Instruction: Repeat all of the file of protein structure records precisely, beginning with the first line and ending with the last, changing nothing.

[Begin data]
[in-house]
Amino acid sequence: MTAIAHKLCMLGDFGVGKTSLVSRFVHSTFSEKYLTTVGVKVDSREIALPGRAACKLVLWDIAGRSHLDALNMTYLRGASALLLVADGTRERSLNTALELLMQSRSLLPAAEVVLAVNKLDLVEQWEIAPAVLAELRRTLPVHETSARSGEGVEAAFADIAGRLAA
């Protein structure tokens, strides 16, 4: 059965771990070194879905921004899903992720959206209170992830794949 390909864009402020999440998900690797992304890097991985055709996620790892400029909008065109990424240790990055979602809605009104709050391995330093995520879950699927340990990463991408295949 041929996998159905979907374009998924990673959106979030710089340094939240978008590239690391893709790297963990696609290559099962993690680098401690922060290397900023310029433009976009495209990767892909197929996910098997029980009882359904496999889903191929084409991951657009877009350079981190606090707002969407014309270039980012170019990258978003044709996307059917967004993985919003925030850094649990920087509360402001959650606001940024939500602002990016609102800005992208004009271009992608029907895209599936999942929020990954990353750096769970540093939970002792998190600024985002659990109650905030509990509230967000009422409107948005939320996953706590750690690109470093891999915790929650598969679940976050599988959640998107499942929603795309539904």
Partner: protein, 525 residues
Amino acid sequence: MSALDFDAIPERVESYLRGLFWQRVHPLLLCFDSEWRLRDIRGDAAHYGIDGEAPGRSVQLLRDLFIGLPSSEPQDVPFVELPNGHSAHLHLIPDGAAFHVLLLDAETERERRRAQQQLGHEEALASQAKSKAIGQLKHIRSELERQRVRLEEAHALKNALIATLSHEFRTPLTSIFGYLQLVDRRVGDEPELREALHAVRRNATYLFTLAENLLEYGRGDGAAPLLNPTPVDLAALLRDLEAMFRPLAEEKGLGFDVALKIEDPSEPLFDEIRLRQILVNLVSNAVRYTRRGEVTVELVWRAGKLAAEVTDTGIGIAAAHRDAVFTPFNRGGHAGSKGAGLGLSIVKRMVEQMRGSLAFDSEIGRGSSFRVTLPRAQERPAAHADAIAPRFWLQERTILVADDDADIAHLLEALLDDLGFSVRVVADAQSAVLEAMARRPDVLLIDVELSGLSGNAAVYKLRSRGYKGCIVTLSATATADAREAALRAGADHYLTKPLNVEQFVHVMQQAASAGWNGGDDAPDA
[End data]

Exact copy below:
[in-house]
Amino acid sequence: MTAIAHKLCMLGDFGVGKTSLVSRFVHSTFSEKYLTTVGVKVDSREIALPGRAACKLVLWDIAGRSHLDALNMTYLRGASALLLVADGTRERSLNTALELLMQSRSLLPAAEVVLAVNKLDLVEQWEIAPAVLAELRRTLPVHETSARSGEGVEAAFADIAGRLAA
């Protein structure tokens, strides 16, 4: 059965771990070194879905921004899903992720959206209170992830794949 390909864009402020999440998900690797992304890097991985055709996620790892400029909008065109990424240790990055979602809605009104709050391995330093995520879950699927340990990463991408295949 041929996998159905979907374009998924990673959106979030710089340094939240978008590239690391893709790297963990696609290559099962993690680098401690922060290397900023310029433009976009495209990767892909197929996910098997029980009882359904496999889903191929084409991951657009877009350079981190606090707002969407014309270039980012170019990258978003044709996307059917967004993985919003925030850094649990920087509360402001959650606001940024939500602002990016609102800005992208004009271009992608029907895209599936999942929020990954990353750096769970540093939970002792998190600024985002659990109650905030509990509230967000009422409107948005939320996953706590750690690109470093891999915790929650598969679940976050599988959640998107499942929603795309539904």
Partner: protein, 525 residues
Amino acid sequence: MSALDFDAIPERVESYLRGLFWQRVHPLLLCFDSEWRLRDIRGDAAHYGIDGEAPGRSVQLLRDLFIGLPSSEPQDVPFVELPNGHSAHLHLIPDGAAFHVLLLDAETERERRRAQQQLGHEEALASQAKSKAIGQLKHIRSELERQRVRLEEAHALKNALIATLSHEFRTPLTSIFGYLQLVDRRVGDEPELREALHAVRRNATYLFTLAENLLEYGRGDGAAPLLNPTPVDLAALLRDLEAMFRPLAEEKGLGFDVALKIEDPSEPLFDEIRLRQILVNLVSNAVRYTRRGEVTVELVWRAGKLAAEVTDTGIGIAAAHRDAVFTPFNRGGHAGSKGAGLGLSIVKRMVEQMRGSLAFDSEIGRGSSFRVTLPRAQERPAAHADAIAPRFWLQERTILVADDDADIAHLLEALLDDLGFSVRVVADAQSAVLEAMARRPDVLLIDVELSGLSGNAAVYKLRSRGYKGCIVTLSATATADAREAALRAGADHYLTKPLNVEQFVHVMQQAASAGWNGGDDAPDA